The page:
Spreading the Word for 25 Years

WordHampton started in a basement; look at it now
Awards are proof that their hard work pays off. From left are Steve Haweeli, the founder and president; Ashley Fresa, a marketing associate; Nicole Castillo, the executive vice president; Marissa Jacobs, an account executive, and Ned Haweeli, an account coordinator. Durell Godfrey

It’s no easy feat to encapsulate a 25-year history in a single conversation, but during a busy Thursday Steve Haweeli, the president of WordHampton Public Relations, gave it a go.

Seated in his humble office in Springs, with the chatter and laughter of three employees coming from the next room, Mr. Haweeli began at the beginning.

He had been bartending in New York City and freelance writing on the side when one day he happened upon another calling. “Someone asked me if I had ever written a press release, and I said, ‘What’s that?’ ” Mr. Haweeli said. “It was for a $5 lunch at a place called the Red Caddy on Houston, and I got a hit from New York Newsday.”

That was April 1991. The next month, he and his wife at the time left their apartment in Williamsburg, which was not the hip neighborhood it is now, for the South Fork.

“There comes a time in a man’s life when he needs to decide if he is going to be a bartender for the rest of his life,” Mr. Haweeli said. “And there is nothing wrong with that; it’s exciting, but it can wear you down.”

His restaurant days did not end in Manhattan. He had a bartending stint at Nick and Toni’s in East Hampton, where he worked when he started WordHampton. In 1992, Nick and Toni’s became his first client.

“I saw there was a market for this service, and I loved it,” Mr. Haweeli said. “And I still do. So we started with restaurants.”

Working out of his basement with just one other employee, within the first year WordHampton landed a number of other local restaurants as clients, including Estia and Bostwick’s. Although client lists thickened and people began to recognize the WordHampton name, five years later a curious college student flipping through a Yellow Pages phone book was surprised to learn there was a PR firm in her hometown.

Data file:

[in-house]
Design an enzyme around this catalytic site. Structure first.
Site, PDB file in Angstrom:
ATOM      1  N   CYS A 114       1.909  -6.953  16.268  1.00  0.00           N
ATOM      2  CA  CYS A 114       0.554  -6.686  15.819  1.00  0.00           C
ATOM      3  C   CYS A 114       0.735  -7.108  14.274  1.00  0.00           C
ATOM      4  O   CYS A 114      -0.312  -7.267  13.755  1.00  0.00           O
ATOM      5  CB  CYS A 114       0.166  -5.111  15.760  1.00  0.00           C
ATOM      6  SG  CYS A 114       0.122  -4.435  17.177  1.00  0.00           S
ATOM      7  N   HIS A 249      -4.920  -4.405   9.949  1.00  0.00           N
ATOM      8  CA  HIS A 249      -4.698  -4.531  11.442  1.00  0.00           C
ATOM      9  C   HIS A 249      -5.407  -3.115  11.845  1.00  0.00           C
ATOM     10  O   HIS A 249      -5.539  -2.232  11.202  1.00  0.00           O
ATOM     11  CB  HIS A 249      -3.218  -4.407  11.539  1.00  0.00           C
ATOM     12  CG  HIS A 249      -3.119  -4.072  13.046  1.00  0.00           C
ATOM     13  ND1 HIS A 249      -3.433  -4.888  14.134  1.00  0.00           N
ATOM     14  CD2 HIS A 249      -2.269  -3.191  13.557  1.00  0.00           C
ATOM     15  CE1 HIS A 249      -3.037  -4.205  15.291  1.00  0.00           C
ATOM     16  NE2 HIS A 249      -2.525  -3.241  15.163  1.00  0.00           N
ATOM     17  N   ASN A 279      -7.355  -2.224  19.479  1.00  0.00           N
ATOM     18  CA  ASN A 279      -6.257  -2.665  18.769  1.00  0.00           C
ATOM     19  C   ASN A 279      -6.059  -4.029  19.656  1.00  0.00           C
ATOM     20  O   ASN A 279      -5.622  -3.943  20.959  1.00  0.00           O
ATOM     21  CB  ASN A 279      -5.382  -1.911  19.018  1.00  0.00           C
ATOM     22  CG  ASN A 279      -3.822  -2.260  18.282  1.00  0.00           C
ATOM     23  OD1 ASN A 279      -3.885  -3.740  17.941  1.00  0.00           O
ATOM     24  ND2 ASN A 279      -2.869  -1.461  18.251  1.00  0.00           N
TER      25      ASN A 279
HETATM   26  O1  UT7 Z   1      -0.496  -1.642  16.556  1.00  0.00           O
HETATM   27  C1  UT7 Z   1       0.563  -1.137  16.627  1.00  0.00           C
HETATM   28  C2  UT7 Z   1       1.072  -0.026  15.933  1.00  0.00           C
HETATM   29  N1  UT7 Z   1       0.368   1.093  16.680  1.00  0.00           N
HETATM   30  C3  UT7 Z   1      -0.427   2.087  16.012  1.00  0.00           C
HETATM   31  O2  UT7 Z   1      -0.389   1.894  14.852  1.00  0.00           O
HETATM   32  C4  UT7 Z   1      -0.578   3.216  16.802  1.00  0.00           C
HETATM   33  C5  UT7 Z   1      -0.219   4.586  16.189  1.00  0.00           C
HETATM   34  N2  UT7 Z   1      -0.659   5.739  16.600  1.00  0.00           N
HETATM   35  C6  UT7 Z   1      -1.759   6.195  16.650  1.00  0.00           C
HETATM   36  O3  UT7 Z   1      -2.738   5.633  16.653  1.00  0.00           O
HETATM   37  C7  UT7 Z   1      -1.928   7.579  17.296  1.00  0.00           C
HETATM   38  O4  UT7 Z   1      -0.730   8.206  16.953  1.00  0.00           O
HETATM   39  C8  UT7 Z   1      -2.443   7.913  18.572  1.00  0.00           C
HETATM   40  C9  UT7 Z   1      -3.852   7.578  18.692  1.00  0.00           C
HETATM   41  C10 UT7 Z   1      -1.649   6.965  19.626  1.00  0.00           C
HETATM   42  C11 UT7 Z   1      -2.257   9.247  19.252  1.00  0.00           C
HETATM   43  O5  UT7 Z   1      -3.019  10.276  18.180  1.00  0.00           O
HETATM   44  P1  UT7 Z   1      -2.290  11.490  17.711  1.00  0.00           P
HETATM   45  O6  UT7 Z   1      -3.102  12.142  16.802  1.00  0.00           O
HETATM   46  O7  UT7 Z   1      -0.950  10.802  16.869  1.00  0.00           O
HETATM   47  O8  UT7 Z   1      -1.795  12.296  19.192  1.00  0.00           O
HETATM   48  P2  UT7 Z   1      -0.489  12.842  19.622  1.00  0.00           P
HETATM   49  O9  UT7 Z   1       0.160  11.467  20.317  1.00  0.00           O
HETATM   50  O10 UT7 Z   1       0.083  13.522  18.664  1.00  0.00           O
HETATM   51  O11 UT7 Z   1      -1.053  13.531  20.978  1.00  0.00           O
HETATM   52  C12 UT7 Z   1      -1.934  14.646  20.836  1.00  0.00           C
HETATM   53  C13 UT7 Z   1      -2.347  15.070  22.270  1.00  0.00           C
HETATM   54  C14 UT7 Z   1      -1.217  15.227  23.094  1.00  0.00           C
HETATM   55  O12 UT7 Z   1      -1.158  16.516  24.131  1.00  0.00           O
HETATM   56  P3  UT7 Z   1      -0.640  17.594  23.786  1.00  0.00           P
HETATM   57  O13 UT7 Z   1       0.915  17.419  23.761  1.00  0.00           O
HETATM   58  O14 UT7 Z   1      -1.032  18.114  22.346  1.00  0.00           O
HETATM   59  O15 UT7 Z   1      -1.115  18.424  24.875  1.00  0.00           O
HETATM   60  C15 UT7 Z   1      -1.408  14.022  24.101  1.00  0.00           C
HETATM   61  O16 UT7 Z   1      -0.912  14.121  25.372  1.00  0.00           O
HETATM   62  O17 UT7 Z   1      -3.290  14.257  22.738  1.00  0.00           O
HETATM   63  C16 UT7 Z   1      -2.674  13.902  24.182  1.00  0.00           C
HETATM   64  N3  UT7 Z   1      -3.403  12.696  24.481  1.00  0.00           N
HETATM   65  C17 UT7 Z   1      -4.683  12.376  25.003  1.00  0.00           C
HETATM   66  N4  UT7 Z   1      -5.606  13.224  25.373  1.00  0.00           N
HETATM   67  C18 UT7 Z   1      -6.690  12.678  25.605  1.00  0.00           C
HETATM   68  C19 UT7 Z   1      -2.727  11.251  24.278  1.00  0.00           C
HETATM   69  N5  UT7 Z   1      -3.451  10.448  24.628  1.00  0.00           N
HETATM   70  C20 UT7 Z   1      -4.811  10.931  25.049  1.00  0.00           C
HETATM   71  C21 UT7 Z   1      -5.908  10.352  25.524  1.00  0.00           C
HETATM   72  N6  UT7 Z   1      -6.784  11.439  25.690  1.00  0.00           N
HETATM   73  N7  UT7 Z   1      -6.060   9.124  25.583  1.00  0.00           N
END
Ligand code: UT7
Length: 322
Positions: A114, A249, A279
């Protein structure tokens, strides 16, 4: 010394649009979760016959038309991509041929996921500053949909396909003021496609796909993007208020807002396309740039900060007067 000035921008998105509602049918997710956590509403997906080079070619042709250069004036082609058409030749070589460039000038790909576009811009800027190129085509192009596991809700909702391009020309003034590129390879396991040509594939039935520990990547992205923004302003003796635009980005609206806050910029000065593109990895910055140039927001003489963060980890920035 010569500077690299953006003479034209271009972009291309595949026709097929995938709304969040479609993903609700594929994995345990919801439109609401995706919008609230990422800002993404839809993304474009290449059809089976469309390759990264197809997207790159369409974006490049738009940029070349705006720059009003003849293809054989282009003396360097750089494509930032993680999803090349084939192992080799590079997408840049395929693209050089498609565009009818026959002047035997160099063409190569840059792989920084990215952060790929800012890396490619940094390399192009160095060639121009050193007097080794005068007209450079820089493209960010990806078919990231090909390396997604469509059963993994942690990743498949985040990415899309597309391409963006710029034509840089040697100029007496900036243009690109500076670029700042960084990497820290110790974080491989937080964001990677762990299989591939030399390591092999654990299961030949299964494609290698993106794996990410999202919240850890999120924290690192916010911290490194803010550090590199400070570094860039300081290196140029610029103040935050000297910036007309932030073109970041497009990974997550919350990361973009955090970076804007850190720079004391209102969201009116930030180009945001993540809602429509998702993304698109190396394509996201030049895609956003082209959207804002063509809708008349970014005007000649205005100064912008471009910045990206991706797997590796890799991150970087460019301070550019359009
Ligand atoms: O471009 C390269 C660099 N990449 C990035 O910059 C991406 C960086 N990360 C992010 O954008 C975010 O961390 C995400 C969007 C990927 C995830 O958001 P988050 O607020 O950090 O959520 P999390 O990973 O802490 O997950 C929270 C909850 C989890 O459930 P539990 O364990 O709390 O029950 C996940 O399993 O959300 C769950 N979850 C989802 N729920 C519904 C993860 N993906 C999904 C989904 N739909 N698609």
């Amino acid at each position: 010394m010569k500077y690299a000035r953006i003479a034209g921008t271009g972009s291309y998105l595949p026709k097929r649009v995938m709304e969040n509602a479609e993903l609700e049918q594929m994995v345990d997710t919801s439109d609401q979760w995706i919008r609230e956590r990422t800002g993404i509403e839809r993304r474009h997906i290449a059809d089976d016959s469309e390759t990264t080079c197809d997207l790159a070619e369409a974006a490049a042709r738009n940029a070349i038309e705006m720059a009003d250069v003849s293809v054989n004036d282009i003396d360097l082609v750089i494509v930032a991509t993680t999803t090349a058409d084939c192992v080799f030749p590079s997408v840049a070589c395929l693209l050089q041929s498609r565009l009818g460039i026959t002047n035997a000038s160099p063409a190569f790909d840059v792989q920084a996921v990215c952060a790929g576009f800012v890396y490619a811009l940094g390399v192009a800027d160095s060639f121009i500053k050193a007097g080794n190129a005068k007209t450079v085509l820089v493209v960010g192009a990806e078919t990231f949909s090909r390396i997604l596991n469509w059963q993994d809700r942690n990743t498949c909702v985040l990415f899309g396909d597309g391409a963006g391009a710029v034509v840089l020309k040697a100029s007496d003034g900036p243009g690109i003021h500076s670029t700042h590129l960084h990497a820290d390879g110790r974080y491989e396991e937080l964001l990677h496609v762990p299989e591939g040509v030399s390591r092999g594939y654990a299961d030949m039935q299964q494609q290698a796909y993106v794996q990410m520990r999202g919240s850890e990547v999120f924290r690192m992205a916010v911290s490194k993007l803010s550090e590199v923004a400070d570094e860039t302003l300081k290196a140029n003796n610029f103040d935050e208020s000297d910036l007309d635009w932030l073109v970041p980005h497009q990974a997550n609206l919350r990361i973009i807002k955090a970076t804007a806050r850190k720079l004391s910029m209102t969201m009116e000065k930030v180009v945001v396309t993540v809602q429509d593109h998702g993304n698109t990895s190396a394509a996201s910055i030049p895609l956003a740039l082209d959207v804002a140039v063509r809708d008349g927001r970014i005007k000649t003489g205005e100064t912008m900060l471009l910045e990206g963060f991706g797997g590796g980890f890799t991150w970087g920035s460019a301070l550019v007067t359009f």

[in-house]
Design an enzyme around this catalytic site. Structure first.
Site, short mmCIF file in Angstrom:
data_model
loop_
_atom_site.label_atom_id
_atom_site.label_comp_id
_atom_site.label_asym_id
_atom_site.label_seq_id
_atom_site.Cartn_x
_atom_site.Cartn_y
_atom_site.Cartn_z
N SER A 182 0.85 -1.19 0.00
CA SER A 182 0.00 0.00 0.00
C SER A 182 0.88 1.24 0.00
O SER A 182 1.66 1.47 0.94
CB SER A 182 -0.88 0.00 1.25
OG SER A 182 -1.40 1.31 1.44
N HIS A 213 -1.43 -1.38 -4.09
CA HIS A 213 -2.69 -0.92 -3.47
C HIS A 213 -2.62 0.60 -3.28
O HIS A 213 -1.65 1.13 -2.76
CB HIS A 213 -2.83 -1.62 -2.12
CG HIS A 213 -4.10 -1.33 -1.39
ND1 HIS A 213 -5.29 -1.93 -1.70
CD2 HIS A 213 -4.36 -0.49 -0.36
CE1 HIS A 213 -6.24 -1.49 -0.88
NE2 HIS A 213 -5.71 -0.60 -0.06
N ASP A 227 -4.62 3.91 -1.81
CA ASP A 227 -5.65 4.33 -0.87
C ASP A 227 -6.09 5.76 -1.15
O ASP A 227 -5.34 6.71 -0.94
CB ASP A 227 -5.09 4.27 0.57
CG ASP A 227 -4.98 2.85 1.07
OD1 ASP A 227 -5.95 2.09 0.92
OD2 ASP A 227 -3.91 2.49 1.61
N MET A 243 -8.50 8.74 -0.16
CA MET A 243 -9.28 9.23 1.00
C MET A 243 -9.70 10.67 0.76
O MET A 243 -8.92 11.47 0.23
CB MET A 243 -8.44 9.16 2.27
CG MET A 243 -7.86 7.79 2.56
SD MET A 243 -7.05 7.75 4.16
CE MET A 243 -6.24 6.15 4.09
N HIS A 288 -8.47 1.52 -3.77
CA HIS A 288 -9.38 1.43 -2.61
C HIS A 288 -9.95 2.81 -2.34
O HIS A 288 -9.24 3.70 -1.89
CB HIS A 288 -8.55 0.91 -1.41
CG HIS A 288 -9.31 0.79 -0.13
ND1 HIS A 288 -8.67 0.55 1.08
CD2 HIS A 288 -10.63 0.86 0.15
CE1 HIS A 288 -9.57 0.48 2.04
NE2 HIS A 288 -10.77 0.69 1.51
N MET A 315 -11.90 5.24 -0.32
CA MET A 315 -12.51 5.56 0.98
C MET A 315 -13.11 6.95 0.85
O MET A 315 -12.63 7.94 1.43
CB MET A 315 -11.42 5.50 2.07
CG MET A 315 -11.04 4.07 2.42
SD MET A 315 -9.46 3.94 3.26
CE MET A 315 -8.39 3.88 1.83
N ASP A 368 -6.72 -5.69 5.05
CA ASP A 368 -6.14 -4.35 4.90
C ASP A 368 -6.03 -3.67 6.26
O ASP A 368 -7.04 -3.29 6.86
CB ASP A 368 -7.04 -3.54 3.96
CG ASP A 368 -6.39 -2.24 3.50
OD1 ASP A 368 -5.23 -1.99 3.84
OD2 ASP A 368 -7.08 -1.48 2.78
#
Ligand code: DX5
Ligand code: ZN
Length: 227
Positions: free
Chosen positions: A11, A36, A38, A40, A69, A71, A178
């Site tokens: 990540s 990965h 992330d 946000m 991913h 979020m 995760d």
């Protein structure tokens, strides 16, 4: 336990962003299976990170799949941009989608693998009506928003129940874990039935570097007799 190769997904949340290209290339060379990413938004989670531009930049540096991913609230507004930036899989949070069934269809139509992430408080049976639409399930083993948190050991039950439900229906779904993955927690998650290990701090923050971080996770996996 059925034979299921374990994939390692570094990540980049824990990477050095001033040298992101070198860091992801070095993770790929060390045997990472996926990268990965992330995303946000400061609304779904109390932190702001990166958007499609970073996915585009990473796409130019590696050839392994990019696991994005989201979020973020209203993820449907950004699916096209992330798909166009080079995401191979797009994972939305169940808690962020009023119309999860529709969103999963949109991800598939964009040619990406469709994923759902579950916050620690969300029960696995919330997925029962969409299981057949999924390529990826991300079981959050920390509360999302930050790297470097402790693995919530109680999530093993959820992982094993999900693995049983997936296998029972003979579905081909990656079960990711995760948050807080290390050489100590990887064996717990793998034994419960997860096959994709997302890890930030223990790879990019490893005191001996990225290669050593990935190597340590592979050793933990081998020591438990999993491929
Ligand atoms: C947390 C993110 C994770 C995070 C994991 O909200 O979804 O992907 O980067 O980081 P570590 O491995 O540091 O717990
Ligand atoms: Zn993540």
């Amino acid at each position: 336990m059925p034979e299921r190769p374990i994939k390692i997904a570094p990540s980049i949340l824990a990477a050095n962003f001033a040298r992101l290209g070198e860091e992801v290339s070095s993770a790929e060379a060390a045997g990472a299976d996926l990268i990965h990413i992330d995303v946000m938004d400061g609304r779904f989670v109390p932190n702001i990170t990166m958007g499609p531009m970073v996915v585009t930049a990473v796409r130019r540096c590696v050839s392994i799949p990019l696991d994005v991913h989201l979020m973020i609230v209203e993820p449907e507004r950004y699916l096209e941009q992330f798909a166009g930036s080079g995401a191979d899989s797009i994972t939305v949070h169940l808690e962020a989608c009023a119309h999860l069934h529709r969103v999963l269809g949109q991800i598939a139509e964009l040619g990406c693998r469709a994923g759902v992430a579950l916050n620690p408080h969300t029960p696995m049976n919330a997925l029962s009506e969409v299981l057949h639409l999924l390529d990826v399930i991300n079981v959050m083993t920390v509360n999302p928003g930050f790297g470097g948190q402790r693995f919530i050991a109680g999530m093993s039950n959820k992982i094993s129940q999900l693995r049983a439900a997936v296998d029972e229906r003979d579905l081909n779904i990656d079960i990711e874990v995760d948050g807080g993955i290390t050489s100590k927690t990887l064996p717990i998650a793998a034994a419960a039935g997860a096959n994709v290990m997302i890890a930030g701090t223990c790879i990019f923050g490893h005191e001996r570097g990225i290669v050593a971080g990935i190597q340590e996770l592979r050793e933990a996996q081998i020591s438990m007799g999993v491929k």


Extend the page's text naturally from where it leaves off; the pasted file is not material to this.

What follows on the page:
“I thought there was no way there would be a PR firm in East Hampton, two miles from my house,” said Nicole Castillo, who is now the company’s executive vice president. “I was prepared to drive at least to Riverhead, but lo and behold there was WordHampton.”

Ms. Castillo, who had been home for winter break, was hoping to begin her senior project — to interview and write a paper about a public relations professional. After completing the assignment and graduating a few weeks later, in February 1997, she was hired by Mr. Haweeli as his second full-time employee. Six years later he asked her to become a partner.

“I thought it was a good opportunity to grow with the company, because at the time Steve was hoping it would get bigger,” Ms. Castillo said. “To expand the reach and get into a real office, those were the kind of aspirations that he had at the time.”

Not only did the firm eventually outgrow the basement and move to its current office on Three Mile Harbor Road, but because of the unique nature of the seasonal market here and the media attention it attracts, once the team proved itself successful with restaurants, it expanded its reach to also represent businesses in the construction, architecture, real estate, retail, and service industries. Its specialties now are the hospitality, medical, real estate, and lifestyle businesses.

“We had a knack for restaurants and we spoke the restaurant language, which helped us with the media,” Mr. Haweeli said. “It was a hot industry then because restaurants were beginning to grow out here, but just from being out here other clients began to approach me.”

Because of the breadth of their clients, Mr. Haweeli said WordHampton wears two hats in the PR industry. “If you do things across different sectors, you are called a generalist firm; if you just do restaurants, you are called a boutique hospitality firm,” he said. “We’re a little bit of both.”

Despite WordHampton’s small-town roots, the local firm, which briefly had offices in Riverhead and Manhattan, has made a name for itself on a regional level. Not only has it won countless awards and developed clients across Long Island and in Manhattan and Connecticut, it also started the popular Hamptons Restaurant Week and Long Island Restaurant Week, which are now award-winning campaigns. Participating res­taurants offer prix fixe specials during each week, providing an incentive for customers to try a new spot or visit an old favorite while also bringing new business to the restaurants at less busy times of the year.

While awards are proof that hard work pays off, Mr. Haweeli and Ms. Castillo claim to “laugh hard too.” After 20 years, they continue to learn from each other and tweak their systems as they build the company.

“It’s been a blessing that I could find something I enjoy doing and that I don’t feel like I had to settle,” Ms. Castillo said. “It’s a learned industry and the more mileage you have, the more you realize how to make it work and how to make every moving part work.”

“I’m happy to keep growing, but I’m happy with where we are right now,” Mr. Haweeli said. “We have good people and great clients. I’m happy to just run a good company, day in and day out.”